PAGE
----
A. There’s also plenty of oil leases that are not being tapped into by oil companies, so you should talk to them about that and why.

  • Hopefully, this was a glib response that is not indicative of the Administration’s understanding of oil and gas exploration and development.
  • When you acquire a lease, you aren’t buying a certain amount of oil and gas in the ground that you can simply produce at your leisure. You are buying the opportunity to explore for and, if you are fortunate, produce oil and gas.
  • Exploration begins with the acquisition, processing, and evaluation of geophysical and other data. If these data are encouraging, you seek internal, partner, and regulatory approvals to drill exploratory wells. The drilling of unnecessary wells makes no sense from any standpoint: financial, safety, or environmental.
  • You have a limited amount of time to initiate production depending on the terms of your lease. Otherwise you lose the lease. The Federal regulators are strict about this, as they should be.

As has been noted on this blog, recent offshore exploration activity is not sufficient to sustain current production levels. The absence of regular lease sales is an important factor. The UK Energy Minister commented recently about the importance of new licensing and continued investment. Norway has also taken steps to encourage such activity. Note the emphasis on predictability in this statement from the Norwegian Ministry of Petroleum and Energy:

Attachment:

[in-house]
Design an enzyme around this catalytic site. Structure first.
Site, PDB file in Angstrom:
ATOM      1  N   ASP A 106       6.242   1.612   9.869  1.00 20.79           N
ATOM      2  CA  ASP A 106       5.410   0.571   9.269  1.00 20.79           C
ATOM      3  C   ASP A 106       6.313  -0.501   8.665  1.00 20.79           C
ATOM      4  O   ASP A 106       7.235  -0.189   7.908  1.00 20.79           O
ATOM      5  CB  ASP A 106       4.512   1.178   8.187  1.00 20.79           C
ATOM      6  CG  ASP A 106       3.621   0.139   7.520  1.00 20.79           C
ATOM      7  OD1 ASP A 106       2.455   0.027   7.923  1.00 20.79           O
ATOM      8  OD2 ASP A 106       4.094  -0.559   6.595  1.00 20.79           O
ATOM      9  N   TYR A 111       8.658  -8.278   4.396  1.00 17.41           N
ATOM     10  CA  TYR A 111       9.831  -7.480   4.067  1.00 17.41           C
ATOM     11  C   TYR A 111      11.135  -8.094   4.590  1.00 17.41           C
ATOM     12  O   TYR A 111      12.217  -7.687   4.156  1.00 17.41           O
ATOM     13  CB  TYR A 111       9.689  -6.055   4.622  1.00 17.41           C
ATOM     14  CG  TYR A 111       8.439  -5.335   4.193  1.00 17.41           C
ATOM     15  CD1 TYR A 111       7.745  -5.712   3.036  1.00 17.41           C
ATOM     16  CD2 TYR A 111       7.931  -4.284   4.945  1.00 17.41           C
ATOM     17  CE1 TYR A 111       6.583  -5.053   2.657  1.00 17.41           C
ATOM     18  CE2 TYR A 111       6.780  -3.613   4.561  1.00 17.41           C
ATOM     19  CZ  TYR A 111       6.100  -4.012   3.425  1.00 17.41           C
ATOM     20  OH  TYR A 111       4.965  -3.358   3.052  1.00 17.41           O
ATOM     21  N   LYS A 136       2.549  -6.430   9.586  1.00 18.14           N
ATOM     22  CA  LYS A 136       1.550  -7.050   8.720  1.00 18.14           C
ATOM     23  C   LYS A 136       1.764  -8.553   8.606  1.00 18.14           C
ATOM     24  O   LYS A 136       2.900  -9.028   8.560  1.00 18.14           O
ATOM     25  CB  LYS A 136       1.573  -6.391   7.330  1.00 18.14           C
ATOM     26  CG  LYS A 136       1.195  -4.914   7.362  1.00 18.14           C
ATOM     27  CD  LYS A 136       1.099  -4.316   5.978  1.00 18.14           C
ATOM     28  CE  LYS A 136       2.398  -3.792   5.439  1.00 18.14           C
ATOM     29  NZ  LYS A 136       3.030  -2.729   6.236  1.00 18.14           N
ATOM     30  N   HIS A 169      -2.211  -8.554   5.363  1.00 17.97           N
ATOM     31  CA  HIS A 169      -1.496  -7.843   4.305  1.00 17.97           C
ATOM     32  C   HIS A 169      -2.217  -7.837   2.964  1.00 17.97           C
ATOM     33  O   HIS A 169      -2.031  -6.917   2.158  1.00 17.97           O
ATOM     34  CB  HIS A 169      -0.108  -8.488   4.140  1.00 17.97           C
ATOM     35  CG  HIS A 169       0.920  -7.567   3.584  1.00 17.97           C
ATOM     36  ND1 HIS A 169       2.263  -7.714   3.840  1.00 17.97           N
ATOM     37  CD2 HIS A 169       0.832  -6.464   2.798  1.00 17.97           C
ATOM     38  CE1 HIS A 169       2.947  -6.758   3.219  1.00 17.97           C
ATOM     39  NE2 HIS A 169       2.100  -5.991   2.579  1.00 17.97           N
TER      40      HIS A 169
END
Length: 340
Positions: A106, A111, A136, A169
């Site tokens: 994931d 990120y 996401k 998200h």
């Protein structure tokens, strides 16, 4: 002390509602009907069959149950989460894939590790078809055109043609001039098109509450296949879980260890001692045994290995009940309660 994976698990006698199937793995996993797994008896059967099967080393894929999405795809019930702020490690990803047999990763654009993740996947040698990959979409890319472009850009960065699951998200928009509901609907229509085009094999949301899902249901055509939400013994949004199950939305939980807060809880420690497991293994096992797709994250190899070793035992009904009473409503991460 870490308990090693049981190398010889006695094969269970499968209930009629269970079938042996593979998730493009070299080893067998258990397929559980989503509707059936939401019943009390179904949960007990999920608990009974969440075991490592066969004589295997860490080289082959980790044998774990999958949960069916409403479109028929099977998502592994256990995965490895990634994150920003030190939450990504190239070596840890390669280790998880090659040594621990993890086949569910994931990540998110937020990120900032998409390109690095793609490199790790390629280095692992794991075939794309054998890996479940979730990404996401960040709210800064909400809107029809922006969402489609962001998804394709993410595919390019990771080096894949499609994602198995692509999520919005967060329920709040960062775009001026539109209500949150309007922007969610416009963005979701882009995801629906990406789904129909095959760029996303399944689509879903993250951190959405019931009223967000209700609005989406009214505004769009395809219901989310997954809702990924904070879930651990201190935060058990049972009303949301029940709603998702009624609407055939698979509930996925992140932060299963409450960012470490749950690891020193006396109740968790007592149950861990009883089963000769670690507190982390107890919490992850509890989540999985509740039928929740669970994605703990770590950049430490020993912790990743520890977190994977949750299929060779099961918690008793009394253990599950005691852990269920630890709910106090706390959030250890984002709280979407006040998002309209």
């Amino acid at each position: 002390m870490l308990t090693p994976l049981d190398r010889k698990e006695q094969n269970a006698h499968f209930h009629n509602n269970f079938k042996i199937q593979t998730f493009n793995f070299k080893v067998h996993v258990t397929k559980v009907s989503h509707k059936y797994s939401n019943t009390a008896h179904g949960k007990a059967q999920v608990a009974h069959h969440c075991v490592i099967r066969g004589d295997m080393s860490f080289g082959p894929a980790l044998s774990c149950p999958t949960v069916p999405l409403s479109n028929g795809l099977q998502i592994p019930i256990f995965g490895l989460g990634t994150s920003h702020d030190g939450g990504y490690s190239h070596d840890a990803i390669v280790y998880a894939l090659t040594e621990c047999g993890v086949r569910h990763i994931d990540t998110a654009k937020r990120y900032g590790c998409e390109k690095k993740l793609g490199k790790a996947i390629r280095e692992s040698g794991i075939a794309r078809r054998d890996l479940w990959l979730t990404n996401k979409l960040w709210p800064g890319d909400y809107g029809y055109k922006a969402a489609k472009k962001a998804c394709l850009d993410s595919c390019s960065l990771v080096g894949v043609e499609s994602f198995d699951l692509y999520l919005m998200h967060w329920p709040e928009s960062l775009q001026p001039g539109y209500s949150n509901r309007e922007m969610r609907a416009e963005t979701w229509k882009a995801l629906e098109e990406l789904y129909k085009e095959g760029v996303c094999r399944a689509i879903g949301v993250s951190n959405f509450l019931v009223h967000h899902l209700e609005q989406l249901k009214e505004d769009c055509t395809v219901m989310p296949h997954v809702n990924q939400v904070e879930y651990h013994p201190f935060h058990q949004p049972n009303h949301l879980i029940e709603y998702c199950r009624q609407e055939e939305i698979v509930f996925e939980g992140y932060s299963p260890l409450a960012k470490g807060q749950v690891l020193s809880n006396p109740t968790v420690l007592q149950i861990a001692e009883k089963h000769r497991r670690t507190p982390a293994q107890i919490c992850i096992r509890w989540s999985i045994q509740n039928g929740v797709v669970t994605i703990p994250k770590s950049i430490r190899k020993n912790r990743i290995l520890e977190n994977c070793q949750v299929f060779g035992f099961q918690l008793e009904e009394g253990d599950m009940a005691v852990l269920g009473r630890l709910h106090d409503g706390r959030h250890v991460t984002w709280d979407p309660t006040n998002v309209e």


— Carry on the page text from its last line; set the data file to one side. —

Predictability about which areas it is possible to apply for in APA (allocation in predefined areas; i.e. leasing or licensing) and regular replenishment of new area is important to achieve an effective exploration. APA rounds are therefore conducted annually.

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This is inexcusable if true:

A federal investigation into the October oil spill that paved the Orange County coast has been stalled for several months as authorities await approval to cut, remove and analyze part of the ruptured pipeline.

LA Times

Coast Guard and National Transportation Safety Board investigators currently have to rely on video captured during underwater pipeline inspections. Without a more detailed forensic examination of the damage in a lab, investigators won’t know whether to continue with their original investigation or move the investigation in a new direction.

LA Times

It’s not good when bureaucratic processes stall an important investigation. Hopefully the responsible agencies will be sufficiently embarrassed to get the investigation moving.

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Bad decision by Blackstone; worse timing. Putin and OPEC must be pleased.

Blackstone Inc., once a major player in shale patches, is telling clients its private equity arm will no longer invest in the exploration and production of oil and gas, according to people with knowledge of the talks. The firm’s next energy fund won’t back those upstream investments — a first for the strategy.



As the United States continues to tie its hands with regard to the transportation of natural gas, a fuel that has actually led to a large decrease in CO2 emissions over coal, Russia and China reached an agreement under which Russia will supply 100 million tons of coal to China so that China can continue to open up new coal-fired power plants


Embargo Russia, not US producers!